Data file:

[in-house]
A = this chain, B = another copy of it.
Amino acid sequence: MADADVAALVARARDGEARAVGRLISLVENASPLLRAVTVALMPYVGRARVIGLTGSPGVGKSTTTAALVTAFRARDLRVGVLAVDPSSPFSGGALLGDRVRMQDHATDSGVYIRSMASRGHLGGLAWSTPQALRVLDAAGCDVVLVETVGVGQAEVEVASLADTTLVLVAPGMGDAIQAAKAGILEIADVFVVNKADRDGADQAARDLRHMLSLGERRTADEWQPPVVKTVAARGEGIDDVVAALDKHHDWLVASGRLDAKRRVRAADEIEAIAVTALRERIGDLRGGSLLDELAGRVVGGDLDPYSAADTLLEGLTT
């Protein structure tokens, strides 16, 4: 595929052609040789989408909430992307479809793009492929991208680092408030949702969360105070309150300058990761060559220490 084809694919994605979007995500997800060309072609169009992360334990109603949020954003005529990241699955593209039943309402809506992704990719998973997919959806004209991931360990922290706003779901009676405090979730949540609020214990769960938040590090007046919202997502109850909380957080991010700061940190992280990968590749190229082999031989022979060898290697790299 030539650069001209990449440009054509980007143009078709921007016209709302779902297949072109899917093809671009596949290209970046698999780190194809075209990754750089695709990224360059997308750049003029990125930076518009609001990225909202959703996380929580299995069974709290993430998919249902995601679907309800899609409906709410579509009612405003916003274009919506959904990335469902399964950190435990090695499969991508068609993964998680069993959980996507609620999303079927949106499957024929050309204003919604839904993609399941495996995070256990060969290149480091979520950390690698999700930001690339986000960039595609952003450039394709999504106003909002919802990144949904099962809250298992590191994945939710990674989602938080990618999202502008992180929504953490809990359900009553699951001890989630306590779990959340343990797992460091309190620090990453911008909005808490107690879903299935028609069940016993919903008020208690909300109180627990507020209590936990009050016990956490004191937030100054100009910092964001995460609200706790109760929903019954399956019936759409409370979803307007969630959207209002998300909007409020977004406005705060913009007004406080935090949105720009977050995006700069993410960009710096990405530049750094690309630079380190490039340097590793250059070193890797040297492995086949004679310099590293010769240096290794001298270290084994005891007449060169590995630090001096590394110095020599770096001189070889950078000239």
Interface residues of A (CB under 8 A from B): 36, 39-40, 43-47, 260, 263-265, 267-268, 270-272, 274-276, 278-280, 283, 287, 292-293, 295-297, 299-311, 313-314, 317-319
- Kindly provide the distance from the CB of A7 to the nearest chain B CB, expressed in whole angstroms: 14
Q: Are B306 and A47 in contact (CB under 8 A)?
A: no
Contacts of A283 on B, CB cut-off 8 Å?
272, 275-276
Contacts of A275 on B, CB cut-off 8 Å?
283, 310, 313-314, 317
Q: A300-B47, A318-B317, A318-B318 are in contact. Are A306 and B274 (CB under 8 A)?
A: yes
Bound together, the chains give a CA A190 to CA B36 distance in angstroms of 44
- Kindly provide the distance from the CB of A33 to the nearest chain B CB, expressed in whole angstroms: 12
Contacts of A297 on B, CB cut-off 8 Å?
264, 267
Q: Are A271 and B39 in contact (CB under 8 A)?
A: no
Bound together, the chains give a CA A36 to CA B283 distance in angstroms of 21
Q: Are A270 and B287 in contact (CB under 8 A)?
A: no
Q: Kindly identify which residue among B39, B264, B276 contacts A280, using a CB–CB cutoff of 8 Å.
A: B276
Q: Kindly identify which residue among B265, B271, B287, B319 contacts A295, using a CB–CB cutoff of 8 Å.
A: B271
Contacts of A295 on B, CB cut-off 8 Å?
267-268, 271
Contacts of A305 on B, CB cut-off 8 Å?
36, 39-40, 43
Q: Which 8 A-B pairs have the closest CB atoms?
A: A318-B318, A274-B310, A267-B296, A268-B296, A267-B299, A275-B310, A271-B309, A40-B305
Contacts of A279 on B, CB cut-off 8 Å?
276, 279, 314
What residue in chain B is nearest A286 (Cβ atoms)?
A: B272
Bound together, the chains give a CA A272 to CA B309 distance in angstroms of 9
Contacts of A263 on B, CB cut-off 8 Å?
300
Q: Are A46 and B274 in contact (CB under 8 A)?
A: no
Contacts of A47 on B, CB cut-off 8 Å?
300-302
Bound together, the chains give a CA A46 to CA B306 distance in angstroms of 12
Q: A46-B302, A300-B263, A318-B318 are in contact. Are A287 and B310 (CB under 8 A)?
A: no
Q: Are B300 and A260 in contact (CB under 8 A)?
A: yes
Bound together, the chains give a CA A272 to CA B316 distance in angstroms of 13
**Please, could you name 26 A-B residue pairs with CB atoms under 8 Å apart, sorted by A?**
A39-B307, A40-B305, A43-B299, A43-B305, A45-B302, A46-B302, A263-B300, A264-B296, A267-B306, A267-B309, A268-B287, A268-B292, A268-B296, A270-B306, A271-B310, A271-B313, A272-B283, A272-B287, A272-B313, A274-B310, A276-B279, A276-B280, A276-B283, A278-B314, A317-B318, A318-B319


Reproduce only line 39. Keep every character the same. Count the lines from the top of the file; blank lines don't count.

Contacts of A263 on B, CB cut-off 8 Å?